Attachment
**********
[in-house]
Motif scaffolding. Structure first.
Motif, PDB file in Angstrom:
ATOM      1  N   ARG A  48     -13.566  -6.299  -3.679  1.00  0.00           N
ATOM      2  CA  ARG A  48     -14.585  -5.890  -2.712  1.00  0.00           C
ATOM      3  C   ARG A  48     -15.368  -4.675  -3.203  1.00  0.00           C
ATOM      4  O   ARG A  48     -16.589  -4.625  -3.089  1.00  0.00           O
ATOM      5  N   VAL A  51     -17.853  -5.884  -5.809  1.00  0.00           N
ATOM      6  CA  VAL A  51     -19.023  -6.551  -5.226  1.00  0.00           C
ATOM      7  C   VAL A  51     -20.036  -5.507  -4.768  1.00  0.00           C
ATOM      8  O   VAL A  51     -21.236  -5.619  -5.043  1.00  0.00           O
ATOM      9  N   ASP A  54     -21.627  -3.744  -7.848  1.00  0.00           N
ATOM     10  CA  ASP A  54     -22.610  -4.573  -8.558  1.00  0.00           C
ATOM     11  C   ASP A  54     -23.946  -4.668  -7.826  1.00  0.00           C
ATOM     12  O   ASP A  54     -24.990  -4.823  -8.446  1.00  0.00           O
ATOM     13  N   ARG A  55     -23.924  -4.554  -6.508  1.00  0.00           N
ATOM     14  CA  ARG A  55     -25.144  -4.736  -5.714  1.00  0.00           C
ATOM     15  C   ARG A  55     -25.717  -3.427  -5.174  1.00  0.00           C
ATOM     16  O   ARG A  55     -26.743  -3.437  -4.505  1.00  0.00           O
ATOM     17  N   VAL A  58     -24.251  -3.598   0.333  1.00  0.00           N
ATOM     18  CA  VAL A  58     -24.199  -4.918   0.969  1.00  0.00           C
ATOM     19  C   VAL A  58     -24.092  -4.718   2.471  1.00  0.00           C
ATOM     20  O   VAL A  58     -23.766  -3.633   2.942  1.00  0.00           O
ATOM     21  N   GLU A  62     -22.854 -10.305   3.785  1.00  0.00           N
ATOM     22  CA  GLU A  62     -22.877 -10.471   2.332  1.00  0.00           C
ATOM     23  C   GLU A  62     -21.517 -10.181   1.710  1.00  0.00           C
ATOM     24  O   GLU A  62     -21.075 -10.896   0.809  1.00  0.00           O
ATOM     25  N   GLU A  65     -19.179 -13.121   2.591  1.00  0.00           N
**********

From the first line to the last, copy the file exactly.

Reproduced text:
[in-house]
Motif scaffolding. Structure first.
Motif, PDB file in Angstrom:
ATOM      1  N   ARG A  48     -13.566  -6.299  -3.679  1.00  0.00           N
ATOM      2  CA  ARG A  48     -14.585  -5.890  -2.712  1.00  0.00           C
ATOM      3  C   ARG A  48     -15.368  -4.675  -3.203  1.00  0.00           C
ATOM      4  O   ARG A  48     -16.589  -4.625  -3.089  1.00  0.00           O
ATOM      5  N   VAL A  51     -17.853  -5.884  -5.809  1.00  0.00           N
ATOM      6  CA  VAL A  51     -19.023  -6.551  -5.226  1.00  0.00           C
ATOM      7  C   VAL A  51     -20.036  -5.507  -4.768  1.00  0.00           C
ATOM      8  O   VAL A  51     -21.236  -5.619  -5.043  1.00  0.00           O
ATOM      9  N   ASP A  54     -21.627  -3.744  -7.848  1.00  0.00           N
ATOM     10  CA  ASP A  54     -22.610  -4.573  -8.558  1.00  0.00           C
ATOM     11  C   ASP A  54     -23.946  -4.668  -7.826  1.00  0.00           C
ATOM     12  O   ASP A  54     -24.990  -4.823  -8.446  1.00  0.00           O
ATOM     13  N   ARG A  55     -23.924  -4.554  -6.508  1.00  0.00           N
ATOM     14  CA  ARG A  55     -25.144  -4.736  -5.714  1.00  0.00           C
ATOM     15  C   ARG A  55     -25.717  -3.427  -5.174  1.00  0.00           C
ATOM     16  O   ARG A  55     -26.743  -3.437  -4.505  1.00  0.00           O
ATOM     17  N   VAL A  58     -24.251  -3.598   0.333  1.00  0.00           N
ATOM     18  CA  VAL A  58     -24.199  -4.918   0.969  1.00  0.00           C
ATOM     19  C   VAL A  58     -24.092  -4.718   2.471  1.00  0.00           C
ATOM     20  O   VAL A  58     -23.766  -3.633   2.942  1.00  0.00           O
ATOM     21  N   GLU A  62     -22.854 -10.305   3.785  1.00  0.00           N
ATOM     22  CA  GLU A  62     -22.877 -10.471   2.332  1.00  0.00           C
ATOM     23  C   GLU A  62     -21.517 -10.181   1.710  1.00  0.00           C
ATOM     24  O   GLU A  62     -21.075 -10.896   0.809  1.00  0.00           O
ATOM     25  N   GLU A  65     -19.179 -13.121   2.591  1.00  0.00           N